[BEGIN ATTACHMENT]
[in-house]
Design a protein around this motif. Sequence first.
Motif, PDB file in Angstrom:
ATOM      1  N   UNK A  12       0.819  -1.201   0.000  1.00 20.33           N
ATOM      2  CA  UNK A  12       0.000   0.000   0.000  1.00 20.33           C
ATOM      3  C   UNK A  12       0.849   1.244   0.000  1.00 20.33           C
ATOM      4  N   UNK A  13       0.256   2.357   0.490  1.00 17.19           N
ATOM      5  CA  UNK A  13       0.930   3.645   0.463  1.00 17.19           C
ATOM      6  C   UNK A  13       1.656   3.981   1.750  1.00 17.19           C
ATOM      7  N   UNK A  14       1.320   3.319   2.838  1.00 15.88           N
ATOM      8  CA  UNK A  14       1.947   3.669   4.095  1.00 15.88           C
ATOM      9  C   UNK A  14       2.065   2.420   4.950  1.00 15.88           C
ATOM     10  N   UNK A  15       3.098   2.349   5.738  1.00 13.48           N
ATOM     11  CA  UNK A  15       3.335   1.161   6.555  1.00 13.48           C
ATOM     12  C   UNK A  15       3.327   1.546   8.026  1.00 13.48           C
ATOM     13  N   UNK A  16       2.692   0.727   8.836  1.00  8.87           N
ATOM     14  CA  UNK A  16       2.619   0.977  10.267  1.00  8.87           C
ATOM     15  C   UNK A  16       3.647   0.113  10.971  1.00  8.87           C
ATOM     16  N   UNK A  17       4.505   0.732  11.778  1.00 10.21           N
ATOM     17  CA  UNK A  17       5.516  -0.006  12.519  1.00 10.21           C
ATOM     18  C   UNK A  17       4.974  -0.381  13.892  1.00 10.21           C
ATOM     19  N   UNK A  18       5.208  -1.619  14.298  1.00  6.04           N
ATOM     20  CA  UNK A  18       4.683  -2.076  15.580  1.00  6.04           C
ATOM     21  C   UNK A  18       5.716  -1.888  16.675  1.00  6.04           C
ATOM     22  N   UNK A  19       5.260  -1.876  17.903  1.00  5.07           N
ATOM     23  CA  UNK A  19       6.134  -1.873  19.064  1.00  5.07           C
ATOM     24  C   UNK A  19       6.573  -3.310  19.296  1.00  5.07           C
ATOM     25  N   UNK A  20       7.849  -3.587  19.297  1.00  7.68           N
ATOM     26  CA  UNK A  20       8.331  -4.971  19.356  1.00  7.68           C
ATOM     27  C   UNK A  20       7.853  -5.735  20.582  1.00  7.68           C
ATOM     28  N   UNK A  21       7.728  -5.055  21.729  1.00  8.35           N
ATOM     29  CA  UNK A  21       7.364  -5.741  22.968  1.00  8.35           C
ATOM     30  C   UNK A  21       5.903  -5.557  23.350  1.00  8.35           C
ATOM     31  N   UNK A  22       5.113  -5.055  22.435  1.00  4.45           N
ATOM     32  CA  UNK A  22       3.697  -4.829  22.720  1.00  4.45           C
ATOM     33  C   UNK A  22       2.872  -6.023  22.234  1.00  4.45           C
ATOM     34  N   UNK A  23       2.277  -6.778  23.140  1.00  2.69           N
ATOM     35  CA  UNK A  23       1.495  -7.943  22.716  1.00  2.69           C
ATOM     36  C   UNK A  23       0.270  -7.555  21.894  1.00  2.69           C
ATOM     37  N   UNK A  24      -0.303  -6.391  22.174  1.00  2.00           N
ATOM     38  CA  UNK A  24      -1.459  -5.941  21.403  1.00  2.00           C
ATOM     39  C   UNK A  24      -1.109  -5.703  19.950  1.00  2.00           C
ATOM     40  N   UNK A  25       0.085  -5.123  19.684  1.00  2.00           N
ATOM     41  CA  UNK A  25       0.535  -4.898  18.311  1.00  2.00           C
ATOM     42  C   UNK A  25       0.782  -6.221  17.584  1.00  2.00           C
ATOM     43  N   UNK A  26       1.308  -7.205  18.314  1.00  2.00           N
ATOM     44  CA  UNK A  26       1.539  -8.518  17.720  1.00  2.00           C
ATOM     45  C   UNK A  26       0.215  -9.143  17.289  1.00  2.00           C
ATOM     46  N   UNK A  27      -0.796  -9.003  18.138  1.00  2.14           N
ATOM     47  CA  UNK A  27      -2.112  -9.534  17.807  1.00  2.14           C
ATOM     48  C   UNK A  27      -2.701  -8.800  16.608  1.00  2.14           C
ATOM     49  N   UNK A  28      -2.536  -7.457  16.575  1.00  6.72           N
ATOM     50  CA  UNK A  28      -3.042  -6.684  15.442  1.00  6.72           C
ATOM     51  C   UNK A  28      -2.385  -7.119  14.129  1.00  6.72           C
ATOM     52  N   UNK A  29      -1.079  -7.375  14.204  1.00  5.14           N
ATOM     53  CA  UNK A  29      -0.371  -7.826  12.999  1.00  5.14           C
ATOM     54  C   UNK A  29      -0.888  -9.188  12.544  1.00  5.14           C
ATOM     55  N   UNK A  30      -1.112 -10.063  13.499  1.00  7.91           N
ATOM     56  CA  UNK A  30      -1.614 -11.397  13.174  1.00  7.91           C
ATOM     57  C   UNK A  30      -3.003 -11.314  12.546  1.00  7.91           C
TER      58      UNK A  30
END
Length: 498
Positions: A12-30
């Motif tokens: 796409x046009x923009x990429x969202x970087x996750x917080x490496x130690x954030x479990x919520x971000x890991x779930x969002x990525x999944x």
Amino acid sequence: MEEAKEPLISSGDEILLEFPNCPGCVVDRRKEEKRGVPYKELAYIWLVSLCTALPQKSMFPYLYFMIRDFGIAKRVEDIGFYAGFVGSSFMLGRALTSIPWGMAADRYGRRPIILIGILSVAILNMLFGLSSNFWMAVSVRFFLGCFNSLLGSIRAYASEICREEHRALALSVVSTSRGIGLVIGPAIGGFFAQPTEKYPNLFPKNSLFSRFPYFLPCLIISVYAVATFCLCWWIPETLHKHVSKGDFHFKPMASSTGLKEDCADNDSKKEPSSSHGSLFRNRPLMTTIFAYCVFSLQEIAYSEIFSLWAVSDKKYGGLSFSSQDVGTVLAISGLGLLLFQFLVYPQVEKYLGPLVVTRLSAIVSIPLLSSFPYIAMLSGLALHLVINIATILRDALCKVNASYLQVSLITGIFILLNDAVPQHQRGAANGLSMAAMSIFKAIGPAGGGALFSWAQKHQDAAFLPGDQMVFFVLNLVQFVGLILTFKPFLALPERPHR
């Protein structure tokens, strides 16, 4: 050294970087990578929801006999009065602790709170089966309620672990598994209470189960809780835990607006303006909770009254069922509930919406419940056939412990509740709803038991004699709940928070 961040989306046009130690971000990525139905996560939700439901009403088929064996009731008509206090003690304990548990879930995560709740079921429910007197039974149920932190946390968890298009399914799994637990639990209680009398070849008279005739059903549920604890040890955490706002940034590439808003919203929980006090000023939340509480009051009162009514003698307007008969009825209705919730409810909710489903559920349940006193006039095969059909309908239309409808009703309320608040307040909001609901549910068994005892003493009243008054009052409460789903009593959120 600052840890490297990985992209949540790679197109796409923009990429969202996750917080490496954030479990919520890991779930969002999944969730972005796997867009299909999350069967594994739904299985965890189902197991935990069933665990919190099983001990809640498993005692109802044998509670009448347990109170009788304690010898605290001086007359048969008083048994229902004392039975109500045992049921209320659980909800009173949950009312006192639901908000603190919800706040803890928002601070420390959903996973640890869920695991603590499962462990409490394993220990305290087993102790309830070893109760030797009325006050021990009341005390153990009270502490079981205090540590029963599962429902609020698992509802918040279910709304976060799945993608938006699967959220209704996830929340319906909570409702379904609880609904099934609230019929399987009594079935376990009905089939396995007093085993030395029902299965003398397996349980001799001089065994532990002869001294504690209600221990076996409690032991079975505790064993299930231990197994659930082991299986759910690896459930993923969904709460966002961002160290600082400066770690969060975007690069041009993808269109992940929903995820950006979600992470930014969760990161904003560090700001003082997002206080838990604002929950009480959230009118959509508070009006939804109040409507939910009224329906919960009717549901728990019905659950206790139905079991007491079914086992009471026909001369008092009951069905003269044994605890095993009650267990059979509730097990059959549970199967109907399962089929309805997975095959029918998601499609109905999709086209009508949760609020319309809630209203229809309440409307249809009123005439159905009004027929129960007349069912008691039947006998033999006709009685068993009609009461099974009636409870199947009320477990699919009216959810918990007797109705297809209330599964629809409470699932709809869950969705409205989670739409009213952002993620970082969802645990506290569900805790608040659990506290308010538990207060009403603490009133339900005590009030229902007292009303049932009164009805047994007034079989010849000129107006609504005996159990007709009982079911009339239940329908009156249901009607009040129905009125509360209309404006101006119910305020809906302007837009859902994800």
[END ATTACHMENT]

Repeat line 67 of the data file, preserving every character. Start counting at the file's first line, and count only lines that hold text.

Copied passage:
């Protein structure tokens, strides 16, 4: 050294970087990578929801006999009065602790709170089966309620672990598994209470189960809780835990607006303006909770009254069922509930919406419940056939412990509740709803038991004699709940928070 961040989306046009130690971000990525139905996560939700439901009403088929064996009731008509206090003690304990548990879930995560709740079921429910007197039974149920932190946390968890298009399914799994637990639990209680009398070849008279005739059903549920604890040890955490706002940034590439808003919203929980006090000023939340509480009051009162009514003698307007008969009825209705919730409810909710489903559920349940006193006039095969059909309908239309409808009703309320608040307040909001609901549910068994005892003493009243008054009052409460789903009593959120 600052840890490297990985992209949540790679197109796409923009990429969202996750917080490496954030479990919520890991779930969002999944969730972005796997867009299909999350069967594994739904299985965890189902197991935990069933665990919190099983001990809640498993005692109802044998509670009448347990109170009788304690010898605290001086007359048969008083048994229902004392039975109500045992049921209320659980909800009173949950009312006192639901908000603190919800706040803890928002601070420390959903996973640890869920695991603590499962462990409490394993220990305290087993102790309830070893109760030797009325006050021990009341005390153990009270502490079981205090540590029963599962429902609020698992509802918040279910709304976060799945993608938006699967959220209704996830929340319906909570409702379904609880609904099934609230019929399987009594079935376990009905089939396995007093085993030395029902299965003398397996349980001799001089065994532990002869001294504690209600221990076996409690032991079975505790064993299930231990197994659930082991299986759910690896459930993923969904709460966002961002160290600082400066770690969060975007690069041009993808269109992940929903995820950006979600992470930014969760990161904003560090700001003082997002206080838990604002929950009480959230009118959509508070009006939804109040409507939910009224329906919960009717549901728990019905659950206790139905079991007491079914086992009471026909001369008092009951069905003269044994605890095993009650267990059979509730097990059959549970199967109907399962089929309805997975095959029918998601499609109905999709086209009508949760609020319309809630209203229809309440409307249809009123005439159905009004027929129960007349069912008691039947006998033999006709009685068993009609009461099974009636409870199947009320477990699919009216959810918990007797109705297809209330599964629809409470699932709809869950969705409205989670739409009213952002993620970082969802645990506290569900805790608040659990506290308010538990207060009403603490009133339900005590009030229902007292009303049932009164009805047994007034079989010849000129107006609504005996159990007709009982079911009339239940329908009156249901009607009040129905009125509360209309404006101006119910305020809906302007837009859902994800």